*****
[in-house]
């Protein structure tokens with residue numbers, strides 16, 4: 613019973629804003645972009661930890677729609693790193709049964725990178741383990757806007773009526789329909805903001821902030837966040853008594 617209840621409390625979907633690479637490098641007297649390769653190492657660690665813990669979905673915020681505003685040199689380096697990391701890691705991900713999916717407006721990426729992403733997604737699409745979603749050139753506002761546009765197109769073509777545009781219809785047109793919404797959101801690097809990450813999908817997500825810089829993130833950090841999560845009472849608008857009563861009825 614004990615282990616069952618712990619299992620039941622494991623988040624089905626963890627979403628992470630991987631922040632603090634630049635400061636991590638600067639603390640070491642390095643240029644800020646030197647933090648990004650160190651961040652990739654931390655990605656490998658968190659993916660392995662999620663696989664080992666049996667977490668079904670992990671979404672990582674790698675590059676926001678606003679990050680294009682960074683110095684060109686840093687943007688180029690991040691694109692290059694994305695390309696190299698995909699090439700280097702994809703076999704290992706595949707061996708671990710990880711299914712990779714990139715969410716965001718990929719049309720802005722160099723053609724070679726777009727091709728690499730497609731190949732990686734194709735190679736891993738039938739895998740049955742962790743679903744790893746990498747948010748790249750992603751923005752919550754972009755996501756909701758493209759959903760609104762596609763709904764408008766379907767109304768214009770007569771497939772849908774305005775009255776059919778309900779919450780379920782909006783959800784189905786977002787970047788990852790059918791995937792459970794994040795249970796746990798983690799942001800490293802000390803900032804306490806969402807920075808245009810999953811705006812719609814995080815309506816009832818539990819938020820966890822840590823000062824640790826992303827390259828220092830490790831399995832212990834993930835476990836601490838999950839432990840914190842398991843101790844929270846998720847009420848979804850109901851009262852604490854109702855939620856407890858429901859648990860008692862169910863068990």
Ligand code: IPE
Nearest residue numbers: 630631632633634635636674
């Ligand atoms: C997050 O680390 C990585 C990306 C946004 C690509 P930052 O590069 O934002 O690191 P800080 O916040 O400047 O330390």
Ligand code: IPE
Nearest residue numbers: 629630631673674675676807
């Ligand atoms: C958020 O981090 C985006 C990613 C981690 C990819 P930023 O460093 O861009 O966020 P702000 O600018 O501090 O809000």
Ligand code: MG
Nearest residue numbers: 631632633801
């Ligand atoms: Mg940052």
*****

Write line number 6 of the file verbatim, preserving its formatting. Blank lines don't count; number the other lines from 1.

Ligand code: IPE